It seems like the world of gender news has exploded in the last month, so I’m feeling a bit behind here. First, congrats to President Obama for coming out of the support closet on homogamous marriage in time for the election! And now on to our regularly scheduled programming: gender stereotypes, women in Egypt, marginalization, hope for the birth dearth, Japanese PFLAG, and the best Tumblr of this administration.
“5 Gender Stereotypes That Used To Be the Exact Opposite” by J.F. Sargent, Cracked.com
If you have a working knowledge of gender studies, you probably know that pink wasn’t always for girls. However, a platform like Cracked.com, with its disarming format and snarky pictures, can bring ideas like “Gay Stereotypes Change More Often Than a Gay Man’s Clothing” into the public eye by taking them out of the academic sphere and into the pop cultural one. Choice quote: “Once again, trying to separate cultural influences from biology turns into a big mess.”
“Why Do They Hate Us?: The real war on women is in the Middle East” by Mona Eltahawy, Foreign Policy
TRIGGER WARNING: descriptions and images of violence against women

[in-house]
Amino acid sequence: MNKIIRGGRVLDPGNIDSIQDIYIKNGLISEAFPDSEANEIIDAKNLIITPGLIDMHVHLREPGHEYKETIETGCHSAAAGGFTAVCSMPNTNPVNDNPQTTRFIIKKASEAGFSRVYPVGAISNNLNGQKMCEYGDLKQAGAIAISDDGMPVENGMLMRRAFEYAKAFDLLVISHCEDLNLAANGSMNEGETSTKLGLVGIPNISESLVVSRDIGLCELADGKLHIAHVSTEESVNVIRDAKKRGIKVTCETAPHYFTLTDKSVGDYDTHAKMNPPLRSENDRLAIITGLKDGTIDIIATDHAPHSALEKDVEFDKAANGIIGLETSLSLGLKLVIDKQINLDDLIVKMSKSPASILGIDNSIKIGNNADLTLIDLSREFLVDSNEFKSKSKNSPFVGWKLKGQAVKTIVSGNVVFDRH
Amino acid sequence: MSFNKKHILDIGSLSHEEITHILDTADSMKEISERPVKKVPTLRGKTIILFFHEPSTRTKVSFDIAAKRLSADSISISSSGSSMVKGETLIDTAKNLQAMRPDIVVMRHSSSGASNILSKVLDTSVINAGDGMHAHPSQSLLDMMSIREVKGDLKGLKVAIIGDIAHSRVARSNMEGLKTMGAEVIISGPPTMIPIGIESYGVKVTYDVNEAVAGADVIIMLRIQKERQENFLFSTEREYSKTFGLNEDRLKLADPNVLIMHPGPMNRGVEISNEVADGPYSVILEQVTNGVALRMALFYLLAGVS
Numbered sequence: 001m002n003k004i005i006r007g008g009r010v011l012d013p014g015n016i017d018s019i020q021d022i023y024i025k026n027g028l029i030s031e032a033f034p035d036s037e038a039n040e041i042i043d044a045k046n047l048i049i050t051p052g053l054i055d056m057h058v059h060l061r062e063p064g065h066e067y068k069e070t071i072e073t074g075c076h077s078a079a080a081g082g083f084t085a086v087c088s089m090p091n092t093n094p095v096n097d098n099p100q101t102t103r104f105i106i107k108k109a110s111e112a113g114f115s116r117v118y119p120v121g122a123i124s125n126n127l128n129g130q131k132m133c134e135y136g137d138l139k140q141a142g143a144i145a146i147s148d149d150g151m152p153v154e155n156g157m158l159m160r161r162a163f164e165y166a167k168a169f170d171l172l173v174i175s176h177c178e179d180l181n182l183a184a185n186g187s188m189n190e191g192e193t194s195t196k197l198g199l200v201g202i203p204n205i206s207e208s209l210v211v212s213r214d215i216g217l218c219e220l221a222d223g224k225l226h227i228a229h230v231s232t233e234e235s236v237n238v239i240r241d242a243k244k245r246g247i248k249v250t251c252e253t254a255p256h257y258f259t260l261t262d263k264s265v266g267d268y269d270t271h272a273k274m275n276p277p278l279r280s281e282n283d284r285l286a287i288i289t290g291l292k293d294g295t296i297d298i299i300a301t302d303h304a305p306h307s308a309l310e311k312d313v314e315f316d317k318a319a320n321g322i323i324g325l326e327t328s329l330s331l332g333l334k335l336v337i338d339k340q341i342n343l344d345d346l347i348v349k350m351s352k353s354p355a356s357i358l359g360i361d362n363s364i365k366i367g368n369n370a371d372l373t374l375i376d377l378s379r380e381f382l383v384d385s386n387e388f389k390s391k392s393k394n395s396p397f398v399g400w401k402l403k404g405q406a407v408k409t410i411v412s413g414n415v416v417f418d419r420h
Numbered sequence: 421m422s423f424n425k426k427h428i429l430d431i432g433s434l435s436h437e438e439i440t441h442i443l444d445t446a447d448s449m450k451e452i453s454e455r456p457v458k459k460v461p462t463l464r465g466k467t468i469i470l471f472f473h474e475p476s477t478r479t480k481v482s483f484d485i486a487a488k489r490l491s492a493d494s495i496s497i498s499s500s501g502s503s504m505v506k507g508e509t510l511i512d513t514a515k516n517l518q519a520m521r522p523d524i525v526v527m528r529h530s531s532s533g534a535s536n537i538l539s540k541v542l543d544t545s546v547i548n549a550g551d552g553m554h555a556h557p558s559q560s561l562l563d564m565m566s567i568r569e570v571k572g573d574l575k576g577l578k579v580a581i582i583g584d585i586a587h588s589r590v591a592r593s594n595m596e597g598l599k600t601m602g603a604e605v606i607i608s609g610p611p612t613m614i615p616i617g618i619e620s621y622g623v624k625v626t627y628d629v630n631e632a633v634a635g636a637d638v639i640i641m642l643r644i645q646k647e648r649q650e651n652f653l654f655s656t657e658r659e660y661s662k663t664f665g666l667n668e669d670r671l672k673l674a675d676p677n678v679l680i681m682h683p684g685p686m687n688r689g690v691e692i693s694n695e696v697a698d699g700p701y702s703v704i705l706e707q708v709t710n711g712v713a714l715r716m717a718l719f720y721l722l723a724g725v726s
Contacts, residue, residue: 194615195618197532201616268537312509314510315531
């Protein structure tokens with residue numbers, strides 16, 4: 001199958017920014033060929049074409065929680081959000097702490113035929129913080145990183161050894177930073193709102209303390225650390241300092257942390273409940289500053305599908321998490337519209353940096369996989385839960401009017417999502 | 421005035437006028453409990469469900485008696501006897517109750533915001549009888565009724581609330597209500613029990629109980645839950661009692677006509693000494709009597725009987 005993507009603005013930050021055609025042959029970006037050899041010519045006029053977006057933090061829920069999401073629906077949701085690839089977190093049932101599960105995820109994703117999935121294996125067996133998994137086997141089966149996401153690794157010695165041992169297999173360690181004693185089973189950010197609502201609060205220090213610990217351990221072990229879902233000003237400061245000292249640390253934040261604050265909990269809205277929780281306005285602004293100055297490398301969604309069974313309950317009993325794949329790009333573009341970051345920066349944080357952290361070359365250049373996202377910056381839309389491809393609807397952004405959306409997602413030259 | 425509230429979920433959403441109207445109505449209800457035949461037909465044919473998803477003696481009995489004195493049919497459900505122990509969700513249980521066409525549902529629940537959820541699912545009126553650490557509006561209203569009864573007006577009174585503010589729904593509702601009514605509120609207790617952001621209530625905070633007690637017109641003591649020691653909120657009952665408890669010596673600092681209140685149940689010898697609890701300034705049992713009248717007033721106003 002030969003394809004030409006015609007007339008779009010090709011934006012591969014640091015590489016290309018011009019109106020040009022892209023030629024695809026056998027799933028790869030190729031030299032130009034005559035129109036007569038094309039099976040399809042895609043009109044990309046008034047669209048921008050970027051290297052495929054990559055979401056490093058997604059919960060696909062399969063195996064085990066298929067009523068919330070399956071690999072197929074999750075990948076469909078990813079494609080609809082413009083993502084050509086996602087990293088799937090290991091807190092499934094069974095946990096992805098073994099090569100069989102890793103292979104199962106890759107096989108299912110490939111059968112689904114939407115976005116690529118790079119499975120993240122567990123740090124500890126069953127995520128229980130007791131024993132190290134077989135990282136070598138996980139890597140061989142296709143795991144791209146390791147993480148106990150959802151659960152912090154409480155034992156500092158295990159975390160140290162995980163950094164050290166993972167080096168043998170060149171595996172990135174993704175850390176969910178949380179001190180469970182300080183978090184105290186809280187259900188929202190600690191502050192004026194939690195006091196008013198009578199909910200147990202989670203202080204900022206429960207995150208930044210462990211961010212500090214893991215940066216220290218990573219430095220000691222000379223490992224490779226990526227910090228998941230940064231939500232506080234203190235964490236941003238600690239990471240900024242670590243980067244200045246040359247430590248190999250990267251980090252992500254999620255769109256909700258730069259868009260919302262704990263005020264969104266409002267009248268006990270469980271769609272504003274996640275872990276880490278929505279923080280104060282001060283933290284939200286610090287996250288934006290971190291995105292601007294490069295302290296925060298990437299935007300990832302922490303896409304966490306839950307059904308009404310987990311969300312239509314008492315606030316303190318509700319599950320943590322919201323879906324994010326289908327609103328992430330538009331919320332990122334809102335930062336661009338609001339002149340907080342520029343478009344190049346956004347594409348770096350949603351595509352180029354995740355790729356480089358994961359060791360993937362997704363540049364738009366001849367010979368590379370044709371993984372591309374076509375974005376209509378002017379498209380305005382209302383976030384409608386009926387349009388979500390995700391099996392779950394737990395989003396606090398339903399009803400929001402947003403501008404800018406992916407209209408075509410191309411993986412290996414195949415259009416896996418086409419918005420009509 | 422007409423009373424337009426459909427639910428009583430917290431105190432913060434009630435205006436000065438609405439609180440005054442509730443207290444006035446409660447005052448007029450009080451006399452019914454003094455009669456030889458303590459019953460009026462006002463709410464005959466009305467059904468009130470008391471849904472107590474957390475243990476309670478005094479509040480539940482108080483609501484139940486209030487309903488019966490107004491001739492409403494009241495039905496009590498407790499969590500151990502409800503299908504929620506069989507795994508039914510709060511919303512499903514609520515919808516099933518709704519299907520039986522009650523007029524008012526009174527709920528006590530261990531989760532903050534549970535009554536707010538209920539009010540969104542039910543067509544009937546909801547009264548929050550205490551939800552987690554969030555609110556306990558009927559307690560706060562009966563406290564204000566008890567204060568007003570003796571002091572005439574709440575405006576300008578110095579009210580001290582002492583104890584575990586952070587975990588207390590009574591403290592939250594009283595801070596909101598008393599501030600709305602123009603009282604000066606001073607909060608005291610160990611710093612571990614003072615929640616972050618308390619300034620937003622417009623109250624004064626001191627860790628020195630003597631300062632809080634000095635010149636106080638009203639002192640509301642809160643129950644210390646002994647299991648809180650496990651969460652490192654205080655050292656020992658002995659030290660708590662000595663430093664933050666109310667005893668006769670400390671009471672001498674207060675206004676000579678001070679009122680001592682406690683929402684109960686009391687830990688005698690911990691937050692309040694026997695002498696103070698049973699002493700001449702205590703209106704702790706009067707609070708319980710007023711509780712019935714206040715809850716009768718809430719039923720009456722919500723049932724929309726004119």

Reading about how women are treated in Japan and the US leads many to dismiss women for being overly sensitive for wanting to be treated as human beings instead of walking uteruses or second-class citizens. Eltahawy discusses another very real war on women- one in which unspeakable acts of violence are committed and one in which women have no or little legal standing, and all because they and ~50% of the world’s population were unfortunate enough to be born female. One caveat: the hatred we see toward women in the countries I deal with is present. Just because we have more legal standing doesn’t mean that our struggles are null, that “why are you complaining? No one will murder you for wanting equal rights; you have the vote and two valid drivers’ licenses” and realizing how “good we have it” is an excuse to give up and say we are “equal enough.” No. We need to read this and keep fighting wherever we are because if the extreme is child marriage and being raped in the streets but the “norm” is women-only cars to prevent groping in rush hours and camera-sounds on our cell phones to prevent up-skirt shots, how do we not see how fucked up this all is?